Situational judgment tests: The influence and importance of applicant status and targeted constructs on estimates of Black–White subgroup differences

Authors


Correspondence should be addressed to Philip L. Roth, Department of Management, College of Business, Clemson University, Clemson, SC 29634-1305, USA (e-mail: rothp@clemson.edu).

Abstract

Situational judgment tests (SJTs) have become popular in recent years. Yet, there is little research on how the constructs targeted within SJTs influence standardized ethnic group differences. Further, most research in this area is subject to differential range restriction concerns that hinder understanding of the role of constructs. We report on scale-level data from four jobs in which SJTs were part of the first major hurdle of selection, thus providing an analysis of how constructs might relate to standardized group differences when range restriction concerns are minimized. Results indicate that cognitively saturated scales were associated with d values of 0.56 and 0.76, while interpersonal items were associated with d values of 0.07, 0.20, and 0.50. Based on the obtained ds, we simulated hiring and obtained adverse impact ratios to help interpret these values of d for decision-makers. Overall, we demonstrate the importance of examining constructs and gathering data at the applicant level of analyses when attempting to understand SJT d values (and any associated adverse impact).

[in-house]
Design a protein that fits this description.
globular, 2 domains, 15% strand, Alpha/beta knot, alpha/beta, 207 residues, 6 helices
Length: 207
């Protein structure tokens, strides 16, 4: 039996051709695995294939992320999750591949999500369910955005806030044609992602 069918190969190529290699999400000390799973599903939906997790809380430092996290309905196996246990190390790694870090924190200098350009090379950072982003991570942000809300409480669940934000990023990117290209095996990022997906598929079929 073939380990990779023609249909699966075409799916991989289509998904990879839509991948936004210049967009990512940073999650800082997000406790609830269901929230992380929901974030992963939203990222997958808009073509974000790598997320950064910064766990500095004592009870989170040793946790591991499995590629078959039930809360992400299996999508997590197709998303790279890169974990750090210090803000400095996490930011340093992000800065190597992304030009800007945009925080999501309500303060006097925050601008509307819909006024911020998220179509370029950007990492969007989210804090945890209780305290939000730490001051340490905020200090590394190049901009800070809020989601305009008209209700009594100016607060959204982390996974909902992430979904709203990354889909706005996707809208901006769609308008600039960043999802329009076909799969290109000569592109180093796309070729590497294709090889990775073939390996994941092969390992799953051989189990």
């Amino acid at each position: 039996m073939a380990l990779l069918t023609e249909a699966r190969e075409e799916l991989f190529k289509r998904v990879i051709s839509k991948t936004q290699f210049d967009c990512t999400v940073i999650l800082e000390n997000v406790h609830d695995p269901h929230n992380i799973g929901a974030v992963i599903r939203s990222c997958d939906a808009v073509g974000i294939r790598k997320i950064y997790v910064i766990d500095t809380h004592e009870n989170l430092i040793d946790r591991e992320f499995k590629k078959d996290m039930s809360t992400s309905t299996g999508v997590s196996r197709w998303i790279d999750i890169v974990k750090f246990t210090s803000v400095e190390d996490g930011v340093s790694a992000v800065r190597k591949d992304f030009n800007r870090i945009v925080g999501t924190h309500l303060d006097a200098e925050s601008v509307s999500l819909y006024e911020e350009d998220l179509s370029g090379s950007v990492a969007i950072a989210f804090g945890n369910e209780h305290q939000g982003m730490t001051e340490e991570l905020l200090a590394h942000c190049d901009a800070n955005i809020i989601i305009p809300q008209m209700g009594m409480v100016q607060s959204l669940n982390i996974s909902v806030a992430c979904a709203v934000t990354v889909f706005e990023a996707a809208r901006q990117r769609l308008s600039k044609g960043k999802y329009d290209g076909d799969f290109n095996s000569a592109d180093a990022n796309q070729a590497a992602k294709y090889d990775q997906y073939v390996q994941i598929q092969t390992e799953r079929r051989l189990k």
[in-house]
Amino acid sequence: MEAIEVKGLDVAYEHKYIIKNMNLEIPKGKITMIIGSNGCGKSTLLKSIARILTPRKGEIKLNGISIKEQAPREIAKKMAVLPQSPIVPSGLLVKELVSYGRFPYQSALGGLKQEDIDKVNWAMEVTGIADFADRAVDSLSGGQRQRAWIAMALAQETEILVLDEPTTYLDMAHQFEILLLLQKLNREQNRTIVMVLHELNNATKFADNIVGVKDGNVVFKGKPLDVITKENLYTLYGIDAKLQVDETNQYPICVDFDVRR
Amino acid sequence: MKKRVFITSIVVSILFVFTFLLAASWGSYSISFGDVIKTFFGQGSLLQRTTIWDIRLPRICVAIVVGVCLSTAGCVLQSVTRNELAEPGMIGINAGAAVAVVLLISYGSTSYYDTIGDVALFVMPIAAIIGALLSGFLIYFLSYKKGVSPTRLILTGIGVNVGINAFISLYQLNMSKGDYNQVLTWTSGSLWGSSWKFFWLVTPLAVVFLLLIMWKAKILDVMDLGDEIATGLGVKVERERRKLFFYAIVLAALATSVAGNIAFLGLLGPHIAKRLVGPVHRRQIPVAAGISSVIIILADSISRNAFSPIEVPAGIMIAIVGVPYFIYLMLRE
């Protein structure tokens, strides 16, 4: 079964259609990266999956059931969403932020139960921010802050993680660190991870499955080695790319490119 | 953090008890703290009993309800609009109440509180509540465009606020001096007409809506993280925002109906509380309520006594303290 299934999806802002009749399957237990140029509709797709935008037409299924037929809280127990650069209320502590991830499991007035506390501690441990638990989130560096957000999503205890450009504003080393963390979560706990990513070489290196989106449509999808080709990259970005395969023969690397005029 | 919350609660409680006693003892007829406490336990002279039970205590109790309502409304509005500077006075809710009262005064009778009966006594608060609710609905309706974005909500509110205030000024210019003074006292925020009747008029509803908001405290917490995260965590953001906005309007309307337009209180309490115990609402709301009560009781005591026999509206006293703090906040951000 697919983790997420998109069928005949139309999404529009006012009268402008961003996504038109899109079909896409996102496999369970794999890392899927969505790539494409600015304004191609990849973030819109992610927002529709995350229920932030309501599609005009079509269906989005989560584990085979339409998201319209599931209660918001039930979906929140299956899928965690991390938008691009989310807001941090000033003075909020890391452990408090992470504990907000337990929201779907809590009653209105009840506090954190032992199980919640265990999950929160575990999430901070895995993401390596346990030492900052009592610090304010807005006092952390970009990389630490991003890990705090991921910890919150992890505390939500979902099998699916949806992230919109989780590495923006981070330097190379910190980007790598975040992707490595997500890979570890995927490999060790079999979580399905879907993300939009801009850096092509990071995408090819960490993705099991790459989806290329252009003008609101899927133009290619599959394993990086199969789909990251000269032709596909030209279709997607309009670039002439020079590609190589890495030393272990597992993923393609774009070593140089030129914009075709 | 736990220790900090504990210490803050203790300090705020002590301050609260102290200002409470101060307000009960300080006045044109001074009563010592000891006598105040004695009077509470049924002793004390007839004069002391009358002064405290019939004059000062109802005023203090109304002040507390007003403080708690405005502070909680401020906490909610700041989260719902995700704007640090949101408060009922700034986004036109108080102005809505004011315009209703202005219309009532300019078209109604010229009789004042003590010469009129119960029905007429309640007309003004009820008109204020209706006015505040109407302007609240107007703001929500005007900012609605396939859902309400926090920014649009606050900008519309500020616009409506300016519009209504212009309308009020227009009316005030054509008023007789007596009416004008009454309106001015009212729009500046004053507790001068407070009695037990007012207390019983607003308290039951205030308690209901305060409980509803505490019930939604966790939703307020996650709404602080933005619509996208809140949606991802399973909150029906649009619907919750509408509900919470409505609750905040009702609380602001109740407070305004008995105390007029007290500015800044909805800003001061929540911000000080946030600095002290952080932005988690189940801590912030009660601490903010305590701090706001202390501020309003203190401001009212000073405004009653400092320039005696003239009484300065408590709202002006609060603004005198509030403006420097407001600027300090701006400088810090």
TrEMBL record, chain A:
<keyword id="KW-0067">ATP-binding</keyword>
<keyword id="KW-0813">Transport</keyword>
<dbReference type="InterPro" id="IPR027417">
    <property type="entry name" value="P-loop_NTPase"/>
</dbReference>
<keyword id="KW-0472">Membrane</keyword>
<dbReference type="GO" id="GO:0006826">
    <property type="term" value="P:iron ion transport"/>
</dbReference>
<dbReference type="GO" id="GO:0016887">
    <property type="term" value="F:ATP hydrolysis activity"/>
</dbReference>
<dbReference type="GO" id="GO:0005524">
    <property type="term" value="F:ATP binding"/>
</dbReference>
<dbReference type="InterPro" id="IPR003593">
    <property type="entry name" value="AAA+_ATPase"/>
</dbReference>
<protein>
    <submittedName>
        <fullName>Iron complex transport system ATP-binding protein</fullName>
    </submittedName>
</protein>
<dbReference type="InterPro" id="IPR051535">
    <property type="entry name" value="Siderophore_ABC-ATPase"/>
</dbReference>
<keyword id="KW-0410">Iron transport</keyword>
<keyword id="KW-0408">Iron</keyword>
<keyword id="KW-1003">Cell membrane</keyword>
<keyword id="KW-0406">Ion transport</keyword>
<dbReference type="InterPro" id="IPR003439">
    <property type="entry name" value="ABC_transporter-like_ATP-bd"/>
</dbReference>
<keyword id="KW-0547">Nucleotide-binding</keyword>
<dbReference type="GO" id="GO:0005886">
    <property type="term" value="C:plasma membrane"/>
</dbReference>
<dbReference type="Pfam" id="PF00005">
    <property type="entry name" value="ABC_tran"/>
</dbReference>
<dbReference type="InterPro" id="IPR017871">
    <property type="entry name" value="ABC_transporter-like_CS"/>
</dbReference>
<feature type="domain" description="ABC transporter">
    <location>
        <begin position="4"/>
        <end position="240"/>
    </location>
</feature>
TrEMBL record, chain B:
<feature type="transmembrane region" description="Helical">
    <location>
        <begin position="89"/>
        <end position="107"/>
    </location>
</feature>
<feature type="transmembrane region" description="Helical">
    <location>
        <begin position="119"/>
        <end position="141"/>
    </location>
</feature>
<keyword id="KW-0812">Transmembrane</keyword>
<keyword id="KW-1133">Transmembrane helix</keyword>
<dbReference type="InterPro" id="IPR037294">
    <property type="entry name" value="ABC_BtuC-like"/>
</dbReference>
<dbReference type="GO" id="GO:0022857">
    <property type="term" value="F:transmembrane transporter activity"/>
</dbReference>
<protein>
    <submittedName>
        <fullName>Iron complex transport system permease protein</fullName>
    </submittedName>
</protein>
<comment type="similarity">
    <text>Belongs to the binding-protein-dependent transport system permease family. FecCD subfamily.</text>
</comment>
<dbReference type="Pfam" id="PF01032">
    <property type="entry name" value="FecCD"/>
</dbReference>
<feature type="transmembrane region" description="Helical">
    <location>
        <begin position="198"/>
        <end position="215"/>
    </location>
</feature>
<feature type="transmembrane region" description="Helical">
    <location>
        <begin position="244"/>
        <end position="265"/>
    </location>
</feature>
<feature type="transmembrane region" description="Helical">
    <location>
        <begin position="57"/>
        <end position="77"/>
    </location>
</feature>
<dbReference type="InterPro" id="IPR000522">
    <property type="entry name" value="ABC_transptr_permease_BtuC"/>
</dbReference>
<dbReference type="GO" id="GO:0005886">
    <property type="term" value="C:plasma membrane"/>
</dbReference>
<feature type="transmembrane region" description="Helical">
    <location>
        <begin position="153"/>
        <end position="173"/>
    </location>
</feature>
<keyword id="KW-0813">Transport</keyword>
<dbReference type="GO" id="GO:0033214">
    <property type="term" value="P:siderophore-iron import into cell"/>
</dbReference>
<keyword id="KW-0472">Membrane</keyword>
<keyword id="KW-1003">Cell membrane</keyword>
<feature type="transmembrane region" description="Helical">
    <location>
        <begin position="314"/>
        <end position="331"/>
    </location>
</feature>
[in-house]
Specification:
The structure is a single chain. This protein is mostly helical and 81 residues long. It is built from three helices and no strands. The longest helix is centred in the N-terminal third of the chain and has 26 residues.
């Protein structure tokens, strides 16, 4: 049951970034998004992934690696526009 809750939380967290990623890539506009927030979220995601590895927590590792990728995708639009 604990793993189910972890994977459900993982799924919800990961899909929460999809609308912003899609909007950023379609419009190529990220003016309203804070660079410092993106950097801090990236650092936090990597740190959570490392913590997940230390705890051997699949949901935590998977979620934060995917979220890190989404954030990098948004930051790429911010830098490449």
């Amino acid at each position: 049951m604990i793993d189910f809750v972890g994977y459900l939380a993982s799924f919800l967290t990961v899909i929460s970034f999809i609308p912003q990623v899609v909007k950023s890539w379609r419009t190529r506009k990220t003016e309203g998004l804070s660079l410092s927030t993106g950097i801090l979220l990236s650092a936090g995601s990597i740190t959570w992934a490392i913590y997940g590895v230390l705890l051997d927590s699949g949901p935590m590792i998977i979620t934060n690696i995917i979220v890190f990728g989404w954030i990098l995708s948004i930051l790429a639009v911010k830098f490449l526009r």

Practitioner points

  • The constructs targeted by SJTs may influence ethnic group differences, such that cognitively-related items/scales may lead to larger group differences than scales targeting interpersonal skills.
  • It can be useful to compare SJT ds based on both job applicant samples and targeted constructs during test development and during consideration of alternative predictors.

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